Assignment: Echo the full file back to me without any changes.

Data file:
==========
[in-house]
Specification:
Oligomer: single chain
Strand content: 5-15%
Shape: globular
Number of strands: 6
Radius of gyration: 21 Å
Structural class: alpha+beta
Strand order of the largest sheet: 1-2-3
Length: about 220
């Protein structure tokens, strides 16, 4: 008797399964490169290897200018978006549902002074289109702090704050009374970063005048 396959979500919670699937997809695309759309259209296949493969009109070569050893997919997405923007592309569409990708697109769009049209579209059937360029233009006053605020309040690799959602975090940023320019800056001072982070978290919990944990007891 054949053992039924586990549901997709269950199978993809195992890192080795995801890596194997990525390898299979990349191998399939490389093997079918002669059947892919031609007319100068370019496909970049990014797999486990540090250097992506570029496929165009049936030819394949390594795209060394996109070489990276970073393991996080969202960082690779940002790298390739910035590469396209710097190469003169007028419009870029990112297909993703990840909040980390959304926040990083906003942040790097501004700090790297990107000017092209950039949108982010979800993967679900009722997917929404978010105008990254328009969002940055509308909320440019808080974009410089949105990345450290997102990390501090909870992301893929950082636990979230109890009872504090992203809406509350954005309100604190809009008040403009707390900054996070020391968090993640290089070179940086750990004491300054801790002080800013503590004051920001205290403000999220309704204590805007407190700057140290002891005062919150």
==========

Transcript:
[in-house]
Specification:
Oligomer: single chain
Strand content: 5-15%
Shape: globular
Number of strands: 6
Radius of gyration: 21 Å
Structural class: alpha+beta
Strand order of the largest sheet: 1-2-3
Length: about 220
């Protein structure tokens, strides 16, 4: 008797399964490169290897200018978006549902002074289109702090704050009374970063005048 396959979500919670699937997809695309759309259209296949493969009109070569050893997919997405923007592309569409990708697109769009049209579209059937360029233009006053605020309040690799959602975090940023320019800056001072982070978290919990944990007891 054949053992039924586990549901997709269950199978993809195992890192080795995801890596194997990525390898299979990349191998399939490389093997079918002669059947892919031609007319100068370019496909970049990014797999486990540090250097992506570029496929165009049936030819394949390594795209060394996109070489990276970073393991996080969202960082690779940002790298390739910035590469396209710097190469003169007028419009870029990112297909993703990840909040980390959304926040990083906003942040790097501004700090790297990107000017092209950039949108982010979800993967679900009722997917929404978010105008990254328009969002940055509308909320440019808080974009410089949105990345450290997102990390501090909870992301893929950082636990979230109890009872504090992203809406509350954005309100604190809009008040403009707390900054996070020391968090993640290089070179940086750990004491300054801790002080800013503590004051920001205290403000999220309704204590805007407190700057140290002891005062919150």